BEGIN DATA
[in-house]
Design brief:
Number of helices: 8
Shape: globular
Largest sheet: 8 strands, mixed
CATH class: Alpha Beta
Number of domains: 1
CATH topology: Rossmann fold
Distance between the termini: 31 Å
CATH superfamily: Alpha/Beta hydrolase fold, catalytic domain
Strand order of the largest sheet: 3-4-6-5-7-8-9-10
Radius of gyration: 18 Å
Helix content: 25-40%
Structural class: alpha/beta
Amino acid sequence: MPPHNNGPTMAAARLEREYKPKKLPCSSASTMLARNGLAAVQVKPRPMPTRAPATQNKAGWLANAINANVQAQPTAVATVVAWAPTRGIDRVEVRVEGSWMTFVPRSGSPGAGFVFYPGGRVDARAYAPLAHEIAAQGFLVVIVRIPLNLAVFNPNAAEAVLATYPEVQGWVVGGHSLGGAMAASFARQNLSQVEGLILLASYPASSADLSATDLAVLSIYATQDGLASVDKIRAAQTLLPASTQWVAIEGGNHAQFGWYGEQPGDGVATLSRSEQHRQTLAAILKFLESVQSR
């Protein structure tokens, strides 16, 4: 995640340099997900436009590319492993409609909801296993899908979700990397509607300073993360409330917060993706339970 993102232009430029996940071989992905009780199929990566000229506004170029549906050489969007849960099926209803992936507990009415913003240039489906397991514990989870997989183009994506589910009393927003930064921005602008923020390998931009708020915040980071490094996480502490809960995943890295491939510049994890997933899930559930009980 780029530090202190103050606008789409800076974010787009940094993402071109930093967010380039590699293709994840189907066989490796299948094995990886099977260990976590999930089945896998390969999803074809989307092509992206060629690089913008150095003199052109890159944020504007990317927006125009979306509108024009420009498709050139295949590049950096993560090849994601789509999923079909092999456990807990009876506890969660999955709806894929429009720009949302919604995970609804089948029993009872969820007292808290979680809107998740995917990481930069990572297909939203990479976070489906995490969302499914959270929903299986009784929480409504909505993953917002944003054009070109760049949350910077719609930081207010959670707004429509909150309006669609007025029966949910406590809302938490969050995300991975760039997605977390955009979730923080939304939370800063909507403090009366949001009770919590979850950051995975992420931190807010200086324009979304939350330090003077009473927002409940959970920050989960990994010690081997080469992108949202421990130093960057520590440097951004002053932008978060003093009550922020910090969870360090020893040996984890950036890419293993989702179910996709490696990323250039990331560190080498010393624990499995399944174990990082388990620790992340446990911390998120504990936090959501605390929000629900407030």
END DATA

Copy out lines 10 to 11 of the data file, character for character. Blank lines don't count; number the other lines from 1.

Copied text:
CATH superfamily: Alpha/Beta hydrolase fold, catalytic domain
Strand order of the largest sheet: 3-4-6-5-7-8-9-10